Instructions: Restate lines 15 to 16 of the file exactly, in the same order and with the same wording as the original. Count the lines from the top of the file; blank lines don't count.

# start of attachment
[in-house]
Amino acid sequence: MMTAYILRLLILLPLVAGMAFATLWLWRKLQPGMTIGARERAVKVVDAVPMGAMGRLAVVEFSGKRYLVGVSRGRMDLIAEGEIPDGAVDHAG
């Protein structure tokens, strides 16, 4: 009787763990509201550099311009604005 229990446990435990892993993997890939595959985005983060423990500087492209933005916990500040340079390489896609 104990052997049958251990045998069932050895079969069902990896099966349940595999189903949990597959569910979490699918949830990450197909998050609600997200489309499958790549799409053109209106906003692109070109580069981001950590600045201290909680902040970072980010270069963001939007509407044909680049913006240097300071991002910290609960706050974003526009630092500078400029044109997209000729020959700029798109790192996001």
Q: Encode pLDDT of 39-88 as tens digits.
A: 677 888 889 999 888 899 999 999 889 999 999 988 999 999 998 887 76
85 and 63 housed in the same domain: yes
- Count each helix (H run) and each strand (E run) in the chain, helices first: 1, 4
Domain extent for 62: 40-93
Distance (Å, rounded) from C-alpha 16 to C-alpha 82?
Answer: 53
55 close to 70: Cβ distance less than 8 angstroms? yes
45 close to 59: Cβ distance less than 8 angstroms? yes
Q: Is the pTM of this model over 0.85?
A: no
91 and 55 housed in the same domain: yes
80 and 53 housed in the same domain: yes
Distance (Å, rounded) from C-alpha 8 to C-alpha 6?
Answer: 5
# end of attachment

91 and 55 housed in the same domain: yes
80 and 53 housed in the same domain: yes